Unlike storied fabrics with ancient origins, bouclé is a uniquely modern knit born of 20th Century fashion royalty, the legendary French designer Coco Chanel.
Throughout her fabled career, Chanel worked to free women from the restrictive corsets and long skirts of the gilded Belle Epoche period. When then-newcomer Christian Dior introduced his famed “new look” of 1947 featuring confining cinched waist lines and full-length skirts, Chanel famously quipped “Dior doesn’t dress women, he upholsters them."
In the 1930s, Chanel began experimenting with unfinished wool in haute couture, and over time developed her signature buckled tweed. Then, in Paris in 1954 she debuted the Bouclé Jacket, which went on to become a worldwide phenomenon popularized by fashion icons such as Jackie Kennedy.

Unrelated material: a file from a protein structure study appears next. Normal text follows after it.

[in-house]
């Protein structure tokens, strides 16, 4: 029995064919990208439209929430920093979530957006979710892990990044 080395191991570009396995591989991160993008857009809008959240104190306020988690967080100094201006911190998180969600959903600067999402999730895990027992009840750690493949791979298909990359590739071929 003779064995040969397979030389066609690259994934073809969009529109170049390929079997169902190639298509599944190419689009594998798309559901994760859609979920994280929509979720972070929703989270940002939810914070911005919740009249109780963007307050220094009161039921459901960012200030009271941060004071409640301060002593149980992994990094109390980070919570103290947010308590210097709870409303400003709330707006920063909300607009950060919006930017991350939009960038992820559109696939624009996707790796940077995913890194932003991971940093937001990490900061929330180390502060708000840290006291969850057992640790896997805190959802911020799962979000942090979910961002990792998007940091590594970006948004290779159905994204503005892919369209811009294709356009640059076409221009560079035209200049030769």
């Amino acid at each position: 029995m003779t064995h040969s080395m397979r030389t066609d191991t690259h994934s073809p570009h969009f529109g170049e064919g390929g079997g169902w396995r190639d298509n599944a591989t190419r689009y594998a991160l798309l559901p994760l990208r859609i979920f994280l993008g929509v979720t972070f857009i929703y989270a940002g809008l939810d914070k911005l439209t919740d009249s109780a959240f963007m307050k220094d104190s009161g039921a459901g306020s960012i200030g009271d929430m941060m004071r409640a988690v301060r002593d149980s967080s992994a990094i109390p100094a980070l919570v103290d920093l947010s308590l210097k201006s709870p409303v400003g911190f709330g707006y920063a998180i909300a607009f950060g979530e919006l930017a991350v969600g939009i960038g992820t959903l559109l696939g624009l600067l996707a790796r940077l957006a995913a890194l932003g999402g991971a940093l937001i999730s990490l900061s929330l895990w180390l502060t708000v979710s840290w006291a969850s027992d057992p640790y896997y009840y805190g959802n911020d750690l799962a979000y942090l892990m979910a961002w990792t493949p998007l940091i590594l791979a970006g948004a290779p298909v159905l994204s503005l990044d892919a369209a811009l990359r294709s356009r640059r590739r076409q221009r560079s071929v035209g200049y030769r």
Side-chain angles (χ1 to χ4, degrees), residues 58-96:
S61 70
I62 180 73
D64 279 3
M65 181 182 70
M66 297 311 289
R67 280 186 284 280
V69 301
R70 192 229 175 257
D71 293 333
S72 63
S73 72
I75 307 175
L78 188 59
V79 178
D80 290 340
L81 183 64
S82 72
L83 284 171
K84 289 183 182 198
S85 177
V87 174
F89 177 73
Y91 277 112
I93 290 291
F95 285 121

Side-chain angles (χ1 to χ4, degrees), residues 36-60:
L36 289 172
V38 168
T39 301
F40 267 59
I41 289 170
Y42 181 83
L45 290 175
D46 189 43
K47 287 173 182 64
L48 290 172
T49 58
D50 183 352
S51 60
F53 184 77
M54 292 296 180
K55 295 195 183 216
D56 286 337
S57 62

Modeled on menswear, Chanel’s then radical new look made a revolutionary fashion statement by liberating women from waist-pinching silhouettes. Chanel’s bouclé was new form of jacket optimized for both freedom of movement...and style. Her passion for feminizing tweed coupled with her liberating designs resulted in a legacy of style that looks and feels as contemporary today as it did when Coco was the reigning queen of fashion.